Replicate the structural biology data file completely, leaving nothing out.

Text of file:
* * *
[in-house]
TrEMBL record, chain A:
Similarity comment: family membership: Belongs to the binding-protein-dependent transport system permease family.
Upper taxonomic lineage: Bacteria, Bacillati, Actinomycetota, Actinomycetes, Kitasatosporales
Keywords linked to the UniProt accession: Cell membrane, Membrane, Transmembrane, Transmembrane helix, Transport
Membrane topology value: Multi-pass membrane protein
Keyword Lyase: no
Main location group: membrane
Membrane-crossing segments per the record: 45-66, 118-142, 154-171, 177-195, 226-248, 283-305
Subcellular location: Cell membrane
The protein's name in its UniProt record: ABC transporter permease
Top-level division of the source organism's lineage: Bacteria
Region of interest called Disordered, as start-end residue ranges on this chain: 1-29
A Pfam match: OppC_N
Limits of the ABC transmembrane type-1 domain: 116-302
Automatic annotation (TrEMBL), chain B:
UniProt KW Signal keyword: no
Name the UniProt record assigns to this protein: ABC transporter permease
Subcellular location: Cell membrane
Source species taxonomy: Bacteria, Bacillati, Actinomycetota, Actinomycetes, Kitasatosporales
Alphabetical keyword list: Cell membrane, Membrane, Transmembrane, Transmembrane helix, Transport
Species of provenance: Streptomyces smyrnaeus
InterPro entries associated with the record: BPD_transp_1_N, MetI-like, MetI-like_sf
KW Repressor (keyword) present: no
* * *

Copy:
[in-house]
TrEMBL record, chain A:
Similarity comment: family membership: Belongs to the binding-protein-dependent transport system permease family.
Upper taxonomic lineage: Bacteria, Bacillati, Actinomycetota, Actinomycetes, Kitasatosporales
Keywords linked to the UniProt accession: Cell membrane, Membrane, Transmembrane, Transmembrane helix, Transport
Membrane topology value: Multi-pass membrane protein
Keyword Lyase: no
Main location group: membrane
Membrane-crossing segments per the record: 45-66, 118-142, 154-171, 177-195, 226-248, 283-305
Subcellular location: Cell membrane
The protein's name in its UniProt record: ABC transporter permease
Top-level division of the source organism's lineage: Bacteria
Region of interest called Disordered, as start-end residue ranges on this chain: 1-29
A Pfam match: OppC_N
Limits of the ABC transmembrane type-1 domain: 116-302
Automatic annotation (TrEMBL), chain B:
UniProt KW Signal keyword: no
Name the UniProt record assigns to this protein: ABC transporter permease
Subcellular location: Cell membrane
Source species taxonomy: Bacteria, Bacillati, Actinomycetota, Actinomycetes, Kitasatosporales
Alphabetical keyword list: Cell membrane, Membrane, Transmembrane, Transmembrane helix, Transport
Species of provenance: Streptomyces smyrnaeus
InterPro entries associated with the record: BPD_transp_1_N, MetI-like, MetI-like_sf
KW Repressor (keyword) present: no